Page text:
Ultraman World Championships – Quick Facts

Sunday, 25th October 2009

WHAT

A 3-day, 320-mile (515-kilometer) individual ultra-endurance event which takes place on the Big Island of Hawaii.. Entry is limited to 35 participants and is by invitation only. Founded in 1983, the event is held annually on the traditional Thanksgiving weekend.

WHEN

FRIDAY, November 27 Stage I Starting time 6:30 a.m.

SATURDAY, November 28 Stage II Starting time 6:30 a.m.

SUNDAY, November 29 Stage III Starting time 6:00 a.m.

WHERE

Stage I - 6.2-mile (10 km) ocean swim from Kailua Bay to Keauhou Bay, followed by a 90-mile (145 km) cross-country bike ride from Keauhou Bay around the southern tip of the island via Route 11 to finish at Namakani Paio Park in the Volcanoes National Park. Vertical climbs total 7,600 feet.

Stage II - 171 .4-mile (276 km) bike ride, from Volcanoes National Park (Route 11) to Keaau, then turning east with a counter-clockwise loop through Kalapana, Kapoho and Pahoa, then on through the City of Hilo. From Hilo, the route continues north along the Hamakua Coast (Route 19) to Waimea, and over the Kohala Mountains via Route 250 to finish at the Kohala Village Inn on Hawi Road, just above its junction with Route 270. Vertical climbs total 8,600 feet.

Stage lll - 52.4-mile (84 km) double-marathon run from Hawi to Kawaihae (Route 270), then on to Kailua-Kona (via Route 19) and finishing on the beach at the Old Airport State Park.

Time Limits: Each stage must be completed in 12 hours or less. The swim should be completed in 5-l/2 hours or less. Participants not reaching the respective finish lines within the 12 hour limits will be disqualified.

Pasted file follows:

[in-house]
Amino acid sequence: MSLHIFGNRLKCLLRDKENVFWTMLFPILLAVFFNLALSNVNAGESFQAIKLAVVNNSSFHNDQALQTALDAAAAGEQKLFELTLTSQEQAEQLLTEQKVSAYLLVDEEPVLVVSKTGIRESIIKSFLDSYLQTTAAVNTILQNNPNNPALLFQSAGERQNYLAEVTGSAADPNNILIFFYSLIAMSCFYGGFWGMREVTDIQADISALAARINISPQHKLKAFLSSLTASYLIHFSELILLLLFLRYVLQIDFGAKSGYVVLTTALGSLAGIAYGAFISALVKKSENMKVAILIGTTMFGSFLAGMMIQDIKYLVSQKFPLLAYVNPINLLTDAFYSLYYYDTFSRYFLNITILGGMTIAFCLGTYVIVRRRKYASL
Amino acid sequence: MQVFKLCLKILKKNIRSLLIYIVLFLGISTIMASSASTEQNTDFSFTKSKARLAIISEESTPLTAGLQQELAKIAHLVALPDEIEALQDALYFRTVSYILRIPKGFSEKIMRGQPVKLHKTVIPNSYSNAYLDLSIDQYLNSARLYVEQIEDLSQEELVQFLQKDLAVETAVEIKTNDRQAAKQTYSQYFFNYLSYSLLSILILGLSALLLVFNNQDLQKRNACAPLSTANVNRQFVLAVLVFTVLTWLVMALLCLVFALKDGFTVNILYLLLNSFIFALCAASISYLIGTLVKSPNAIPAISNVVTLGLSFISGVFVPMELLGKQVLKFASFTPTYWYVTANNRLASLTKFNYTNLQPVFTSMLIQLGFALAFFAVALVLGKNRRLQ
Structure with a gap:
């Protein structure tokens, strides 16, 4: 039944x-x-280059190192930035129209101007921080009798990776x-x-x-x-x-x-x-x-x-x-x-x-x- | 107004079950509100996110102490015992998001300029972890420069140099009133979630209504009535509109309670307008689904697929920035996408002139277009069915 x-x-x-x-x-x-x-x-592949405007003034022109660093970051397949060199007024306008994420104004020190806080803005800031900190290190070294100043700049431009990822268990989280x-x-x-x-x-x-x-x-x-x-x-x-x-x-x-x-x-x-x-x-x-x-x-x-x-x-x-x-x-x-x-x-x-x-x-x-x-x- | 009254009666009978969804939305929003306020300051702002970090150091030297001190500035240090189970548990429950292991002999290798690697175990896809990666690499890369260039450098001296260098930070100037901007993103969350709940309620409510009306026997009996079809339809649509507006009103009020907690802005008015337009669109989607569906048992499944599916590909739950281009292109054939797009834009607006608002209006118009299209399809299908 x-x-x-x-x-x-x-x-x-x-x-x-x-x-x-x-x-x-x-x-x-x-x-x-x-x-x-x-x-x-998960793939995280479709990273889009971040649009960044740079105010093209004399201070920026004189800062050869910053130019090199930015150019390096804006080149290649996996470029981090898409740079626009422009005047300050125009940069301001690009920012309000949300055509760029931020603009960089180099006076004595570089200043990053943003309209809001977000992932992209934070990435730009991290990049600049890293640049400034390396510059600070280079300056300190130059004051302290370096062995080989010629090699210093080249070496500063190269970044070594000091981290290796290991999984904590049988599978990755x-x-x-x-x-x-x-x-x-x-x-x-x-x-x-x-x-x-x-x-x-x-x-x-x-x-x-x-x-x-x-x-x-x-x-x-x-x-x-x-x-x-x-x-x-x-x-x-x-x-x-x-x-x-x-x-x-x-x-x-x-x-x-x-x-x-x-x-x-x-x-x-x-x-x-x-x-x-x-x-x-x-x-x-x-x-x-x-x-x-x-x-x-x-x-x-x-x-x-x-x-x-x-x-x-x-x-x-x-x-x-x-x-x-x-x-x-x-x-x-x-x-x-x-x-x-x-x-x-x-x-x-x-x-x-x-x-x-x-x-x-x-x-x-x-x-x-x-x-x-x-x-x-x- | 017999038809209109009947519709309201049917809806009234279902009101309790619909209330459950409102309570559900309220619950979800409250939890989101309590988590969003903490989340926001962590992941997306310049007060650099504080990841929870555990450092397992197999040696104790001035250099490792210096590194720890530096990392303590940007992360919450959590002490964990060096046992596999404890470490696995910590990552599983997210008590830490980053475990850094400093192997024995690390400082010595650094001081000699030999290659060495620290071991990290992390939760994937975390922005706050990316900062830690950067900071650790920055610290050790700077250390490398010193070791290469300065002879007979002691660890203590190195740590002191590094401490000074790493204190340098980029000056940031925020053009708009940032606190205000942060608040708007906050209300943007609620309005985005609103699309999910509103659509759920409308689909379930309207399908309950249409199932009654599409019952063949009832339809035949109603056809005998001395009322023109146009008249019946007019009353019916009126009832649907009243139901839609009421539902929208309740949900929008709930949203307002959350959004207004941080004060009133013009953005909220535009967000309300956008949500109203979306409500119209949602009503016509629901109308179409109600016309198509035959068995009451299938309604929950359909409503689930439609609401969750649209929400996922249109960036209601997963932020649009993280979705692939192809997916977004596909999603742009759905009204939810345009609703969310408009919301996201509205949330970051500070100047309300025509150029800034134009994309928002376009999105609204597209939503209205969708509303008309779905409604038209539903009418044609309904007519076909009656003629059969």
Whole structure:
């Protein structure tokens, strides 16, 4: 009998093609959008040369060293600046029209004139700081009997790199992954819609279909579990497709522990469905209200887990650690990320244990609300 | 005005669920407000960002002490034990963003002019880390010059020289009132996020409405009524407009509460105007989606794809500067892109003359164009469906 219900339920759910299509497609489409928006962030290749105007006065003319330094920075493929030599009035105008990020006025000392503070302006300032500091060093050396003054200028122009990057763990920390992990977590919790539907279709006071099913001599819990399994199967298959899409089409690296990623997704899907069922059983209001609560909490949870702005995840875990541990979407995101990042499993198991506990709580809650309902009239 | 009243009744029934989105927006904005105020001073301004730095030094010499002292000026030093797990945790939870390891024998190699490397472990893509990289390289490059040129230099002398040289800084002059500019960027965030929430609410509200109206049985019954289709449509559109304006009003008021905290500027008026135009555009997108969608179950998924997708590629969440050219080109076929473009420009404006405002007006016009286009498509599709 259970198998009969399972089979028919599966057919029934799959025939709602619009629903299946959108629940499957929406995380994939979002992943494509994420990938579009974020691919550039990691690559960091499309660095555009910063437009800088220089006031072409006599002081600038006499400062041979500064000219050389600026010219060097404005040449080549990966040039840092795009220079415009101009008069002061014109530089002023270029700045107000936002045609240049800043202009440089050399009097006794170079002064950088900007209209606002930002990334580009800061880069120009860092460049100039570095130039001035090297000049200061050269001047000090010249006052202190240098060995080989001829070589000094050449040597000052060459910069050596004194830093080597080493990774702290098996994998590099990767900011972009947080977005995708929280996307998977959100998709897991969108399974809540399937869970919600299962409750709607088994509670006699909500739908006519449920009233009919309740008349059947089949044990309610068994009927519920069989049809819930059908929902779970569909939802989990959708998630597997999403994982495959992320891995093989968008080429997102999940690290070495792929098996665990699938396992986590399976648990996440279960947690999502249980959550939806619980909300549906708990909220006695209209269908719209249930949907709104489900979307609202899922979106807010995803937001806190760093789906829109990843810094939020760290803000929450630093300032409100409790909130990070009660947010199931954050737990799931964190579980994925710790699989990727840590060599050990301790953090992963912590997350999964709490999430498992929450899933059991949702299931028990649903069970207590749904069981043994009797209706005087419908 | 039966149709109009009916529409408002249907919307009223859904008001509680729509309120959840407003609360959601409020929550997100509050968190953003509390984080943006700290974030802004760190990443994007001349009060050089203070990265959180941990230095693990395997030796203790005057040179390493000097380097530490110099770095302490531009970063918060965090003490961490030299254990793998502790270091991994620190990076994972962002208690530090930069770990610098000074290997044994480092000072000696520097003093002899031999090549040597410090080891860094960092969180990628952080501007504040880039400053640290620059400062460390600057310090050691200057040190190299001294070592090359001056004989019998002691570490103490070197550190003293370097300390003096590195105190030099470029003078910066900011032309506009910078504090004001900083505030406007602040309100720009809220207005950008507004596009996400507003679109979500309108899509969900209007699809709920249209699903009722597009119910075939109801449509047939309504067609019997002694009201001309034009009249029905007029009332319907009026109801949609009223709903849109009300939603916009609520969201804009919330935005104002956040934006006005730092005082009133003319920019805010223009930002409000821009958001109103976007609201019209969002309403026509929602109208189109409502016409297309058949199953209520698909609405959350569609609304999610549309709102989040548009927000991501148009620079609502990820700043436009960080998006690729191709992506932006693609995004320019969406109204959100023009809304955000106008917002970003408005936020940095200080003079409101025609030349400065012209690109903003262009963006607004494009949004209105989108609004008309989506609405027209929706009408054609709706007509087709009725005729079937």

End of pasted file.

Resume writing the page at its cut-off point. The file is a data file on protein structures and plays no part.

WHO

Limited to 35 athletes, and 5 relay teams, participants are expected from Canada, Germany, Ireland, Slovenia, Australia, Brazil, Switzerland, Sweden, Argentina, Puerto Rico, Guatemala, and the United States. Over 50% of the field will have participated in at least one previous ULTRAMAN. Each must be accompanied by an individual support team of at least two persons over the entire course. Many of these team members volunteer from the Big Island community each year. The event attracts individuals who not only thrive on personal challenge and enjoy the thrill of victory, but who come to understand, as did the ancient Hawaiians, the importance of aloha (love), ohana (family), and kokua (help). Individual resources, mental, physical, and spiritual, are shared in an atmosphere where everyone who completes the course is a winner, and the pursuit of human excellence is the fundamental rule of the road.

 

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